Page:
Do dogs like hugs? Should you cuddle and hug dogs?
There are thousands of videos online showing happy dog owners giving their canine companions the biggest of hugs and cuddles, but is that actually okay? Do dogs like hugs? Is it okay to cuddle your dog?
Dogs are gentle giants, covered in soft fur and hair, and seem to constantly have a big, wide smile on their faces. There are very no animals more huggable than one of these perfect pooches (apart from our feline friends, of course), but should we be giving them all these hugs, kisses, and cuddles?
In this dog guide, TAG24 will take a look at whether you should cuddle and hug dogs. Do dogs like being hugged? Why do certain hugs cause stress in your dog, and what behaviors should you look out for as warning signs?
Do dogs like being hugged?
Dogs are sweet, joyful, and tremendously cuddly friends that are easy to treat almost like stuffed animals. You may be snuggling your pet out of love, but is it really in your dog's best interest? We love to hug, so we push that upon the canine companions and feline friends inhabiting our homes – but at least cats will bite back when they're not having a good time.
The reality is that dogs love their humans and are keen to please, even if their humans' behavior doesn't bring them any personal joy. Sadly, studies suggest that many dogs don't actually enjoy hugs at all and, indeed, find restrictive hugs and cuddles anxiety-provoking and stressful.
It's a surprise, of course, because our beloved doggos will pant in a seemingly happy and peaceful fashion, and might even lick our faces, during a cuddle. In many cases, these signs communicate pleasure, and it is important to note that not all dogs are going to hate your hugs.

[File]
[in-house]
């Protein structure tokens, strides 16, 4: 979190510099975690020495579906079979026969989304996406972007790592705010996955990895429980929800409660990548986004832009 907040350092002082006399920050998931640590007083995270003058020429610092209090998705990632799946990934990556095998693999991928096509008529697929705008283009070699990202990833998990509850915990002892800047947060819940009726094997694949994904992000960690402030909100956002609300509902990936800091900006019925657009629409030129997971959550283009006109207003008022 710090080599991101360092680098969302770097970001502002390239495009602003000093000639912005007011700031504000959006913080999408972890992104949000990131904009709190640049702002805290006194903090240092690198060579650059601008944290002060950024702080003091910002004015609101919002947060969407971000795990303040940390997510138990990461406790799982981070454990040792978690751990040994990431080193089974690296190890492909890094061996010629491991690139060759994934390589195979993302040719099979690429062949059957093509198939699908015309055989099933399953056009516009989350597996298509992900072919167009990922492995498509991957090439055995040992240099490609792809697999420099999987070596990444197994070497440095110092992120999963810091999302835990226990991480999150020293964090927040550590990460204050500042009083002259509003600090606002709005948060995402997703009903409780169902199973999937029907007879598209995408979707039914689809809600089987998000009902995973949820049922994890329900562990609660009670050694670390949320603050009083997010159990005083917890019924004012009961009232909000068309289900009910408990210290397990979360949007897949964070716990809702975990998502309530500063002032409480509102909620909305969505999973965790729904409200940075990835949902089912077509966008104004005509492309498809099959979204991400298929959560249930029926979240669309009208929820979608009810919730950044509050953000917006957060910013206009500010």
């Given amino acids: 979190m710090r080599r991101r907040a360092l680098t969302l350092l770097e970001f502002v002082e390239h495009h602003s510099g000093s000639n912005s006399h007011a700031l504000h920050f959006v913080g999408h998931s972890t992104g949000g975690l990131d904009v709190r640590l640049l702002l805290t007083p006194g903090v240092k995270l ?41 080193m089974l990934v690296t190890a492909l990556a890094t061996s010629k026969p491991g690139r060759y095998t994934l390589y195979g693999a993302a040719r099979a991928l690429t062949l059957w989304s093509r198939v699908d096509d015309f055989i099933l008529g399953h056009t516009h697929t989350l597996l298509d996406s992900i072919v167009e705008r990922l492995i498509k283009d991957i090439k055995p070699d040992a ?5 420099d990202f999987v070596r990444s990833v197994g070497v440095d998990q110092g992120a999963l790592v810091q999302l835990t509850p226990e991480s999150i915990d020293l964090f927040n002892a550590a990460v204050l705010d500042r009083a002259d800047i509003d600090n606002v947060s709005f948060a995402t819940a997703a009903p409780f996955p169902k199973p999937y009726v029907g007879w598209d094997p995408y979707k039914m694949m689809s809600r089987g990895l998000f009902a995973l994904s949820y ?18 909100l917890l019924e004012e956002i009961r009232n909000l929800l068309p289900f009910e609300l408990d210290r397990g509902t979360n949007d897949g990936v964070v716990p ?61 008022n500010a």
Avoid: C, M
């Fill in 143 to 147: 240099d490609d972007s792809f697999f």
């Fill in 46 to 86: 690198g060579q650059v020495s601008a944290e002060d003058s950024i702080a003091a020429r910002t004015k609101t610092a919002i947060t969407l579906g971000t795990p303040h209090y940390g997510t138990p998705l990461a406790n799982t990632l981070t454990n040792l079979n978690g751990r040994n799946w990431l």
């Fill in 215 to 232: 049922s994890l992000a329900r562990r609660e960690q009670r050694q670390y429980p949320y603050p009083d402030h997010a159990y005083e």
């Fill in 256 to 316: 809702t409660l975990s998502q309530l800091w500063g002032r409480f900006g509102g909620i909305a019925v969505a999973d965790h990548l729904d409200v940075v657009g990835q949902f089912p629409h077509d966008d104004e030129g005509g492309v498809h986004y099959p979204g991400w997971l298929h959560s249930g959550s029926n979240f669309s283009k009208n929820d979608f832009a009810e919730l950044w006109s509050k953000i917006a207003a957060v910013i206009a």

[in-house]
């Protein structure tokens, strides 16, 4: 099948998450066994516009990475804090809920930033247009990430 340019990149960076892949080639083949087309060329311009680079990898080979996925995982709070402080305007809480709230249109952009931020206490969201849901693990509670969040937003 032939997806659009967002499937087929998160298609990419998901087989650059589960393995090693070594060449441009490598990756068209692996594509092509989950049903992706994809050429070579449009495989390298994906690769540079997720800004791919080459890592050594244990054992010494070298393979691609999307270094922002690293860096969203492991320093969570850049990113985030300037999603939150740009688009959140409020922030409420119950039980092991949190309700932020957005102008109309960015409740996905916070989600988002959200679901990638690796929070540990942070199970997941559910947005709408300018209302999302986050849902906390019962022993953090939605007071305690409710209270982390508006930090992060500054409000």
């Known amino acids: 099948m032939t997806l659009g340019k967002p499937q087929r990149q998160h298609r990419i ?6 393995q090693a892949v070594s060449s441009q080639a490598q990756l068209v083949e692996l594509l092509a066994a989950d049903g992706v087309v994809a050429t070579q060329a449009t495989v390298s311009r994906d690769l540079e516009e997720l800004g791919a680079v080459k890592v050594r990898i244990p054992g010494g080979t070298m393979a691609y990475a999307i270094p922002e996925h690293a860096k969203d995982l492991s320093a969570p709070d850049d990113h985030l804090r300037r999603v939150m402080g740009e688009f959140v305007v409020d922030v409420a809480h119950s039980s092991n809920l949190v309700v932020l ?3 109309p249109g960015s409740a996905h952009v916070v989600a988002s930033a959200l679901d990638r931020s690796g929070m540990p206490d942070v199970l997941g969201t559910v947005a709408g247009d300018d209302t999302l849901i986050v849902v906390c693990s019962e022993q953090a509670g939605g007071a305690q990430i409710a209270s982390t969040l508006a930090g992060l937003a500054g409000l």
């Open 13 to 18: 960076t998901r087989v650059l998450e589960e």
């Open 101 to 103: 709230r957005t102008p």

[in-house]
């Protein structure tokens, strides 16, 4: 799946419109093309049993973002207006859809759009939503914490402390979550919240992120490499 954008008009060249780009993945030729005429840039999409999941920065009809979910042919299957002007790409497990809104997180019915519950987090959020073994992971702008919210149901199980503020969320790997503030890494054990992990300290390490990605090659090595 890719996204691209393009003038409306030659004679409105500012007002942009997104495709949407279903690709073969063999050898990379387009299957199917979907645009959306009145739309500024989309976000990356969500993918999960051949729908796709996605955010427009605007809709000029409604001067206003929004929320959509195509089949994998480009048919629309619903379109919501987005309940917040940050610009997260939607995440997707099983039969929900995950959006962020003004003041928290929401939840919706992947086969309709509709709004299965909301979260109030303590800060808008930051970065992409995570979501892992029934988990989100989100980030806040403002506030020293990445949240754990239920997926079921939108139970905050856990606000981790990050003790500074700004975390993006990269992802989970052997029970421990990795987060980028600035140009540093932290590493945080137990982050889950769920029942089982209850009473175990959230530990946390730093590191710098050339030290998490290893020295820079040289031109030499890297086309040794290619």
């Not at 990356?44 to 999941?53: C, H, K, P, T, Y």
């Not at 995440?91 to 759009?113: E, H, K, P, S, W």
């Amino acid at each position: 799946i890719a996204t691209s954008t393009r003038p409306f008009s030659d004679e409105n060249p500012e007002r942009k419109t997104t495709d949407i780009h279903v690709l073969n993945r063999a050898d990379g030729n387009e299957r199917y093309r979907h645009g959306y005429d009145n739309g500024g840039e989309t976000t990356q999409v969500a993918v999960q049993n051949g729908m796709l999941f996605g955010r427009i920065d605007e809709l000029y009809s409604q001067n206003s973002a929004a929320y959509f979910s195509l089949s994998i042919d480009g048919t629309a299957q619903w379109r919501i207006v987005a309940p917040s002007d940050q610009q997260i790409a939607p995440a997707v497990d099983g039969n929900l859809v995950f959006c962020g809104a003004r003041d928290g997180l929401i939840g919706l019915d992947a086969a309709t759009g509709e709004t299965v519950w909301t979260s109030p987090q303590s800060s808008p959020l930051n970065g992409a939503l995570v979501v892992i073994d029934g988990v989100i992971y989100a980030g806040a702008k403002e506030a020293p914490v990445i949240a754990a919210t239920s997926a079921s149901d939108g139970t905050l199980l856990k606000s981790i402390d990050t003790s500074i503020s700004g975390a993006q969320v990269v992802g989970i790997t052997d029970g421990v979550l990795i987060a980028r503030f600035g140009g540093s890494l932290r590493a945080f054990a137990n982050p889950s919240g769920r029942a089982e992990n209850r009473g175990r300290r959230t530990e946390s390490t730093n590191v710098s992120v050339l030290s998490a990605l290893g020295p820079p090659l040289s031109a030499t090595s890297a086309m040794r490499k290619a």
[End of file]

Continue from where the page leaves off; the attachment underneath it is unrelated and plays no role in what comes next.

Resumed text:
If you want to show affection to your dog without stressing it out, it's best to look into its eyes, give it some pets, and present it with a treat or two. Some dogs will make it clear they want hugs, which is totally fine, but it's best to be on the safe side before going in for a squeeze.
Do dogs like cuddling?
Cuddling is much the same as hugging; it's a restrictive behavior that can be unpleasant for your dog. Dog anxiety is a very real and dangerous thing, and something all dog owners should be aware of. With behaviorists (detailed below) arguing that immobilizing dogs increases their stress, it's best to avoid hugging and cuddling them.
Studies suggest dogs don't like certain hugs
US psychologist Stanley Coren published a blog post in Psychology Today in 2015 that looked to answer the question "Do dogs like hugs?" In the study, he evaluated 250 randomly selected pictures on the internet showing people hugging dogs for signs of stress and discomfort in the canine.
Throughout the evaluation, Coren discovered that 82% of the dogs showed at least one sign of discomfort, while 10% showed neutral gestures and facial expressions. Only 8% seemed to enjoy the hug.
While there are limitations to this study – it's a small sample examining they pictures found on social media – a discomfort rate of more than 80% is certainly worthy of note. Perhaps we should all start looking out for these signs of discomfort when cuddling our dogs?
"Behaviorists believe that immobilizing a dog with a hug can increase stress levels and possibly lead to biting... Dogs pictured being in a hug often show signs of stress, such as downward ears, half-moon eyes, and avoiding eye contact," Coren wrote.
If you ever notice the signs described by Dr. Stanley Coren, it's best to take a step back and leave your doggo alone for a little while.
Why do dog hugs cause stress?
Despite the fact that dogs are social creatures that crave closeness and love from their humans, the evidence all seems to suggest that hugs and cuddles stress them out. This seems to go back to their evolutionary background, with dogs fearing the constraint and lack of control associated with tight hugs.